New figures from the Cambridge Centre for Housing and Planning (CCHP) show that more than half of tenants affected by the 2013 ‘bedroom tax’ are struggling to pay the additional rent just five months on.
The housing benefit changes, which came into play in England, Scotland and Wales last year, left 59% (300,000) of tenants in arrears or struggling to pay rent in the first five months of the new regime, according to the report. Affordable housing campaigners and Labour MPs say the figures show why the Department for Housing and Pensions (DWP) is calling for the regime to be scrapped.[quote]This [report] shows the bedroom tax has made life harder for thousands of people,”[/quote]
said Labour’s Rachel Reeves.[quote]David Cameron should scrap his cruel and costly tax on bedrooms – if he won’t a Labour government will.”[/quote]
The ‘bedroom tax’ was introduced as a way of saving money on housing benefit for those in larger properties. If tenants happened to have a spare bedroom in their home, their housing benefit is reduced by 14%. Those with two or more spare rooms have their benefit cut by 25%.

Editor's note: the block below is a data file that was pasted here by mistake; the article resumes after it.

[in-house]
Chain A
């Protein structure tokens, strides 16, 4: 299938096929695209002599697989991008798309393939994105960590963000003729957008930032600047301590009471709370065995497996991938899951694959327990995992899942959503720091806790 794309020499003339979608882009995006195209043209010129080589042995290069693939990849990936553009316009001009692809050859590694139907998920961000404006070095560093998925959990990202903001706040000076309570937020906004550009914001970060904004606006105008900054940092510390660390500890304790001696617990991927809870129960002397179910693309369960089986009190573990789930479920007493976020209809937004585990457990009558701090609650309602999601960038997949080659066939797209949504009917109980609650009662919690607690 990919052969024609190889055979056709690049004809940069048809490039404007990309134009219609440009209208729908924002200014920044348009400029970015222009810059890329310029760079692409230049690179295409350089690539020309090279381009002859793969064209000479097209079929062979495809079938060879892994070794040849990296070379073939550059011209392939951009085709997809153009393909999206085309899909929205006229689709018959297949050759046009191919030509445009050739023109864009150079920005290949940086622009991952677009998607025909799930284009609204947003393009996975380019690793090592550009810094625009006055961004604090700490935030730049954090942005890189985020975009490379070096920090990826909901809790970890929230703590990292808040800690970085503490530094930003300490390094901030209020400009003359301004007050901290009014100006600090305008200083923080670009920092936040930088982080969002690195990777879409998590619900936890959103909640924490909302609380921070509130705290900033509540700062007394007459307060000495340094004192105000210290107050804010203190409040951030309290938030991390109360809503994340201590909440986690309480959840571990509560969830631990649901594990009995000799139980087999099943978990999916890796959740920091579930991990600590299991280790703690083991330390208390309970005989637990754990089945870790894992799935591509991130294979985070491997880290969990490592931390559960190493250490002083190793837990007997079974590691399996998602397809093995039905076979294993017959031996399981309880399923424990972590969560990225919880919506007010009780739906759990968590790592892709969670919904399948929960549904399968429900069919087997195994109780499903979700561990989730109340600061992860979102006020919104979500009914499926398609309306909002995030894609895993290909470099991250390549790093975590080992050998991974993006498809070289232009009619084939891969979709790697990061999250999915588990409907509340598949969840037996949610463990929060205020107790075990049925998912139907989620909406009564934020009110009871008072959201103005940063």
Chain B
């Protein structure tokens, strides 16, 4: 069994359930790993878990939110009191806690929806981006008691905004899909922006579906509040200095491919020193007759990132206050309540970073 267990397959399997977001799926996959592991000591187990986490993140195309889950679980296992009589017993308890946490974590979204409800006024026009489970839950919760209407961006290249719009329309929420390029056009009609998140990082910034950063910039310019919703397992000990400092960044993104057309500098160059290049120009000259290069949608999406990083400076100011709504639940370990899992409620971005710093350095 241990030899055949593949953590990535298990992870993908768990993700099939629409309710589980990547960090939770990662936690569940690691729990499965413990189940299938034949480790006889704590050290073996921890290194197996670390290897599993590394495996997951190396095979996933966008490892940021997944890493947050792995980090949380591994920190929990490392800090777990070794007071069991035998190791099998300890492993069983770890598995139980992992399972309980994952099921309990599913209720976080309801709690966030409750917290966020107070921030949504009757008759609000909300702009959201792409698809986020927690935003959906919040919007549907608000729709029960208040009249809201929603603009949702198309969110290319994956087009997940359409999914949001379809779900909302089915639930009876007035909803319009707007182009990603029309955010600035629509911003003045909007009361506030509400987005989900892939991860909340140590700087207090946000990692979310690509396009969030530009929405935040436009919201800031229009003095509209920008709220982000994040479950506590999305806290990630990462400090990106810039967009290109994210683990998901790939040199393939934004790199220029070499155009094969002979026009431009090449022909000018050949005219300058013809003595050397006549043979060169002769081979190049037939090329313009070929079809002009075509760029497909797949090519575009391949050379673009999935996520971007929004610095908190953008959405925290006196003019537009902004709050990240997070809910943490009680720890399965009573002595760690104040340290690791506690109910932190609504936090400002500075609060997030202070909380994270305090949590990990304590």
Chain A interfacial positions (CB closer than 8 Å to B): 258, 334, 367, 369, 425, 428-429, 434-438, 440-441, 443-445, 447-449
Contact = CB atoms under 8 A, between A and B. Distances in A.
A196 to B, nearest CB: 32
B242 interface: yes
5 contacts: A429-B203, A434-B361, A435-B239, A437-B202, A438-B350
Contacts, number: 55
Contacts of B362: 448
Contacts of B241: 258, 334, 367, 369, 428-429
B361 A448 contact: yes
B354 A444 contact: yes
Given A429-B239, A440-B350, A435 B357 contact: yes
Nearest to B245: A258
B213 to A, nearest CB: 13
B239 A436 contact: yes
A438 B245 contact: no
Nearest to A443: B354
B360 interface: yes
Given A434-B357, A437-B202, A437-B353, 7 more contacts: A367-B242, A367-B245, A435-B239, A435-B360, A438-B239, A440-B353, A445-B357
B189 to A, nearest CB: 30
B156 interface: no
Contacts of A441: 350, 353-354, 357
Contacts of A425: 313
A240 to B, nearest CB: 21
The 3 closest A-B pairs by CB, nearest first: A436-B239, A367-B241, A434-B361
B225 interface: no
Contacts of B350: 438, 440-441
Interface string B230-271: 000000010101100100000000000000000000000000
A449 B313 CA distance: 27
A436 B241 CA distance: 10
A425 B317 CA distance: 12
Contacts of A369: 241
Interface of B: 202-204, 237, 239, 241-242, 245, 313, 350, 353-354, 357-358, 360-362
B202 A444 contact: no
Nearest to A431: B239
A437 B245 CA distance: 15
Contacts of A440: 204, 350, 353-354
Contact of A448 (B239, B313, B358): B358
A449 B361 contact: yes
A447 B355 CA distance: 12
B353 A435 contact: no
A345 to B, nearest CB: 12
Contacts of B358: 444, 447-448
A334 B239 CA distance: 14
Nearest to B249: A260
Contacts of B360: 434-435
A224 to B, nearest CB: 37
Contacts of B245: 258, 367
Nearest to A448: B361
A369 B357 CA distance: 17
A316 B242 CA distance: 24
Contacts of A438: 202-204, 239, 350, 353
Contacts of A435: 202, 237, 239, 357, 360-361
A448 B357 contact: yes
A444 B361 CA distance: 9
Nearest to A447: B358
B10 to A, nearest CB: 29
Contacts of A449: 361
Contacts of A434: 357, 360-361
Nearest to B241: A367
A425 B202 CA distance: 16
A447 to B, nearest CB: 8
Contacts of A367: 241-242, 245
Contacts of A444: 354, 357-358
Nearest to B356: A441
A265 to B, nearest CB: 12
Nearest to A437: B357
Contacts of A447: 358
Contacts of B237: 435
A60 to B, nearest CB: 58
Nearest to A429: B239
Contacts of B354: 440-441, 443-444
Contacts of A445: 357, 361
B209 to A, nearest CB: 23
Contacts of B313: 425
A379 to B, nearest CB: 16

The policy was introduced by the government as a ‘spare room subsidy removal’, but dubbed as ‘bedroom tax’ by everybody else. Tenants also had the option of moving to a smaller property to avoid losing out to the tax.
The CCHP report is said to be the first official study into the effect of the benefit change, focusing on its initial impact in the first few months of being introduced. According to the report’s findings, around 59% of people affected said they were struggling five months on to keep up with rent payments, whilst a quarter of people had borrowed to pay their rent.
39% said they had made ‘some contribution’ to their outstanding rent, but 20% said they had paid nothing at all. Only 41% of tenants had managed to pay their additional rent in full by the end of the five month period.
Whilst 19% of tenants opted to move to a smaller property, only 4.5% had been able to do so within the first six months of the new policy.
David Orr, chief executive of the National Housing Federation, said:[quote]Time and time again it has been shown that the bedroom tax is pushing people into rent arrears, and people have been unable to downsize because of a lack of smaller properties.
Now the figures from the DWP prove it is not working, surely it is time for the government to admit they got it wrong and repeal this ill-thought policy.”[/quote]